18th: First half Batteries 68th, 88th & A/14 marched into action [B.23.b.3.7]. Relieved French (Villier's Group) Batteries 4th, 5th and 6th.
19th: Second half Batteries marched into action B.23.b.3.7. Brigade HQ moved up.
20th: At 5am guns in position. At 8am, Relief completed. Wagon Lines L.17.a [Albert 1/40,000]
25th: 14th Brigade RFA attached to 33rd Division and form part of Left Group under Colonel Stewart, 156 Brigade. German aeroplane destroyed by British aeroplane over Marlieres Wood.
27th: Fired 101 rounds to commemorate Kaisers birthday. Corporal Farmer wounded whilst patrolling lines.
29th: German aeroplanes bombed waggon lines. 25 horses killed and 26 wounded, also 1 man wounded, all of 88th Battery.
1st: HOSPITAL WOOD [Bouchavesnes]. Wire cutting on Fritz & Pallas continued.
2nd: Wire cutting continued. Portions of Barrages for battle tested. Remaining Sections of A/14 arrived in position in B.7.a.
3rd: Barrages again tested.
4th: Attack made at 5.15am. The enterprise was successful, the infantry capturing PALLAS, PALLAS SUPPORT, and FRITZ. BREMENT & JUPITER trenches were also entered but not held. 3 officers & 300 wounded and unwounded prisoners were taken, and 3 machine guns. Our artillery barrage reported as exceptionally good and also the enemy wire was well destroyed. The Enemy launched no general attack; parties of Germans were seen coming up from MOISLAINS during the day. Several hostile batteries proved to be visible from FRITZ. The Enemy put down severe heavy retaliation. Severe bombing attack in FRITZ CUT during night, by Enemy.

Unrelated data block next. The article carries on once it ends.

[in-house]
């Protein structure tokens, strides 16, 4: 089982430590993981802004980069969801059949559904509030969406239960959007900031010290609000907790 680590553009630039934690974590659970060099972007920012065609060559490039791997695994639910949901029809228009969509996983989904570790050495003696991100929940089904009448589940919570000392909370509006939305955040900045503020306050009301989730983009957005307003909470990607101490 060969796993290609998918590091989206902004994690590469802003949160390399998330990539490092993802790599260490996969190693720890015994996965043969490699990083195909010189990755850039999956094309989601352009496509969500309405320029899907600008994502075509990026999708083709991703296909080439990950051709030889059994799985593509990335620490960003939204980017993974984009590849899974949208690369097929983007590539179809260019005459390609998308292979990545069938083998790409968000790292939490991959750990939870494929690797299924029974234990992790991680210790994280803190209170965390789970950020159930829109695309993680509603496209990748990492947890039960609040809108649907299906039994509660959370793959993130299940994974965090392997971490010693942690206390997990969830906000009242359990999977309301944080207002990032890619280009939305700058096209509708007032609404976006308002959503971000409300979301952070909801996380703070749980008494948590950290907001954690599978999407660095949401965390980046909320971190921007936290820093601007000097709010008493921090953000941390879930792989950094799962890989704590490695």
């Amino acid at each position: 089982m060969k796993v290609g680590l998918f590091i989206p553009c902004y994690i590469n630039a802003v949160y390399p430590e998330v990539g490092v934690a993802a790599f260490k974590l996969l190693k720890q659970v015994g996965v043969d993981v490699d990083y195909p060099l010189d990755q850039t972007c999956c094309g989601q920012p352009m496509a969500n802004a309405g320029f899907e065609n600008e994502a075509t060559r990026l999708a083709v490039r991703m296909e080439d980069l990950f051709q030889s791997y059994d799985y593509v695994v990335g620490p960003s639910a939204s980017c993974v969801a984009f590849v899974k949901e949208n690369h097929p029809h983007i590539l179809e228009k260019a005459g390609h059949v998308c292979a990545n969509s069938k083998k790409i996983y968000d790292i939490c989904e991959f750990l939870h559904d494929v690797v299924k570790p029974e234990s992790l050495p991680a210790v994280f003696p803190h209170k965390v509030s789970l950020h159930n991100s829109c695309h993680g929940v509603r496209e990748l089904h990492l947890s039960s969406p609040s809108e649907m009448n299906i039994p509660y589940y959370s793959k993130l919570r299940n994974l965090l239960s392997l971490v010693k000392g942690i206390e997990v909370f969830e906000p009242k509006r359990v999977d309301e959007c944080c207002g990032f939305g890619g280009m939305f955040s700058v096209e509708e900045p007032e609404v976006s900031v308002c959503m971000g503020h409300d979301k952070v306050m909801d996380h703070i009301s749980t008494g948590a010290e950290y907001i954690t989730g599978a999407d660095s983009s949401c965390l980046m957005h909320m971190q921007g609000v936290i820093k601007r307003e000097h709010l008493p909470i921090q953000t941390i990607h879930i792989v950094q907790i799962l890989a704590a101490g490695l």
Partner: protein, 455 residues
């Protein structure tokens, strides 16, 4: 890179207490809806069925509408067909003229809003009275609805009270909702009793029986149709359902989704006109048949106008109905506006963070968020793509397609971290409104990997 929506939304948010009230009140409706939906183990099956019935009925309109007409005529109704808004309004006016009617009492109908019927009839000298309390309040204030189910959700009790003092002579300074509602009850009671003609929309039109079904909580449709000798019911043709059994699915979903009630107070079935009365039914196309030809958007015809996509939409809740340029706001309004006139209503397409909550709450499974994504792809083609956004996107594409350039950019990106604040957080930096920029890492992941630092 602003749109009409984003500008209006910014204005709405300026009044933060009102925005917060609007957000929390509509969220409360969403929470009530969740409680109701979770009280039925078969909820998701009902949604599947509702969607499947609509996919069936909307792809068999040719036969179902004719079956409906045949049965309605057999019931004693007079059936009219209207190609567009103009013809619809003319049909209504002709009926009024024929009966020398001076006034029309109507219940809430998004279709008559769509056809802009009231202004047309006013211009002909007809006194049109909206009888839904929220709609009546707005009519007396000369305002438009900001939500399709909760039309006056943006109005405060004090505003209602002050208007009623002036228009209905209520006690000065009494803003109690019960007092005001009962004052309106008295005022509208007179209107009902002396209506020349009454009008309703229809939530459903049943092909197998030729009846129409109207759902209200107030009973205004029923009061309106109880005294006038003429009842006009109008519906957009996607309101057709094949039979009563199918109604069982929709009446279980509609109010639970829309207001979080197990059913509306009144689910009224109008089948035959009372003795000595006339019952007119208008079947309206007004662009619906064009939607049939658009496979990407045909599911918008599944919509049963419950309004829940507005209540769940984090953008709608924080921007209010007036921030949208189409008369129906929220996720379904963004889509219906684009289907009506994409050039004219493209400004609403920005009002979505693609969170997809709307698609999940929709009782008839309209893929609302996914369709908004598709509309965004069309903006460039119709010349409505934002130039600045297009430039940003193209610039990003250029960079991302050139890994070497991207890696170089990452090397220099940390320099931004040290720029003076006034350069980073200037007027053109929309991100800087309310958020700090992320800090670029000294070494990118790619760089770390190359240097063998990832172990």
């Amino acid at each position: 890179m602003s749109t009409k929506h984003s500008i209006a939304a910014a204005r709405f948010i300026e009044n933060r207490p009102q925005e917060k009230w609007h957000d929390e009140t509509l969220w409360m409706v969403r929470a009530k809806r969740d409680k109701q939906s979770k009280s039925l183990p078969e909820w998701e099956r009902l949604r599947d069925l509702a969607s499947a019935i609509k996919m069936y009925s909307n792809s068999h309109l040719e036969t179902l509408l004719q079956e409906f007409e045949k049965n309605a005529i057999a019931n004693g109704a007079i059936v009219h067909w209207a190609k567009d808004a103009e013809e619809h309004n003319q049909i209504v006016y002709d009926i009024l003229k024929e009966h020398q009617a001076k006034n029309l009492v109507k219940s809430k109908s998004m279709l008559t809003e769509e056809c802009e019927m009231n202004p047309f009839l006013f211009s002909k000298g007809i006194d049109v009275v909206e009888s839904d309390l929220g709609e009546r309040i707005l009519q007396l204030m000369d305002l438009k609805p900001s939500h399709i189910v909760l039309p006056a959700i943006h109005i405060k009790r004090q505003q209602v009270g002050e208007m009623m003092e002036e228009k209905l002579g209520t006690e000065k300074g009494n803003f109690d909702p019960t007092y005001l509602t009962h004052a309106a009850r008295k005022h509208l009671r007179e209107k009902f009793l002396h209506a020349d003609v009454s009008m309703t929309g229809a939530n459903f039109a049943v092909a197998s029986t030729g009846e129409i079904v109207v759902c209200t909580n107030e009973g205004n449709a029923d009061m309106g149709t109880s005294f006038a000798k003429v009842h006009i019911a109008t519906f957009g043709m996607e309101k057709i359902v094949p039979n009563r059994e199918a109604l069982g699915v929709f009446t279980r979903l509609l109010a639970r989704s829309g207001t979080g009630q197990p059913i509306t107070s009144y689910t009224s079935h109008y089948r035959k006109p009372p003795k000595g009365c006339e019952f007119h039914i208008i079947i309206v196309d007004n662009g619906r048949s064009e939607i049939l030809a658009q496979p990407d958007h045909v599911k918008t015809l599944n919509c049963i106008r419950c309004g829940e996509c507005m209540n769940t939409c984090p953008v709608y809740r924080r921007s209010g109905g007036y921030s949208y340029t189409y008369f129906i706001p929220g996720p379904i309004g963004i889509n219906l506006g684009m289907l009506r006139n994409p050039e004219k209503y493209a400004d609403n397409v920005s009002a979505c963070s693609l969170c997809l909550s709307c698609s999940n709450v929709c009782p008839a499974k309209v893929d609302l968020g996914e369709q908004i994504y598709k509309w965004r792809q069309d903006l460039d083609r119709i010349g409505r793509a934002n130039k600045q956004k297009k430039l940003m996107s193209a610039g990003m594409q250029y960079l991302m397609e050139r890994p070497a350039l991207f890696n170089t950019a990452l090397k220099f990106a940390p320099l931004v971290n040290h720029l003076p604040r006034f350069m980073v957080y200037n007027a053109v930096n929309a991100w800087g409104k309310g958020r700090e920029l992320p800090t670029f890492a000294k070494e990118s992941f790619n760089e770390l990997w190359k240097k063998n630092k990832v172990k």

5th: Captured ground kept under heavy fire during day.
6th: HOSPITAL WOOD: German Guns less active.
7th: Half 68th Battery relieved by 33rd Battery & proceeded to B.28.b, under 40th D.A.
A/14 marched out and went into old position B.23.a. Group rearranged.
127 Battery relieved by section of 33rd Battery. D/181 and 36th Battery into Group. 2/181 marched out.
8th: B/181 & D/178 left group. Relief of 68th Battery completed. A/156 & B/156 joined group. Colonel G Marryat arrived to command Brigade.
10th: Headquarters move out of action.
13th: Lt. J.B. Harold leaves Brigade to join R.F.C.
15th: Colonel Marryat returned from leave. Major C.G.A. Cooper rejoins 68th Battery.
17th: Half Batteries of 68th & 88th and whole of A/14 came out of action and return to Wagon Line. Lt. Burtsall joins Brigade Headquarters.
18th: Remaining half 68th and 88th Batteries came out of action and return to Waggon Lines.
20th-28th: [Brigade Relocated] Brigade marched to Camp 117 Bois de Tailles; then to Camon (Nr Amiens) via Corbie; then to Naours (via Amiens, Telmas); then to Boisbergues via Candas and Autheux; then to Fallievres via Trohen le Grand, Villisol l’Hopital, Boffles & Rougefay; then to Heuchin via Linzen; then to Calonne Perouart via Boyaval Pernes.
29th: Batteries marched to (68th & 88th) Fosse 10; A14 - Bois de Verdial; B.H.C. - Hesdigneul; HQ - Boyeffles.
Brigade came under orders (tactically) of 24th Division.
68th & 88th Batteries joined North Group under Col. Pretchells; 282nd Brigade R.F.A.; A/14 joined South Group under Col. Carridge, 127th Brigade R.F.A.
30th: 2/Lt Lister joined Brigade attached 88th Battery. 5 Guns, 88th Battery moved into position – R.35.c.2.7. [France Sheet 36B, 1/20,000]
31st: 88th Battery registered.
April - BOYEFFLES, LENS I.1
2nd: 68th Battery move into action. 1 Section R.35.d.2.8, 1 Section R.28.c.8.2, 1 Section R.34.a. [Sheet 36B]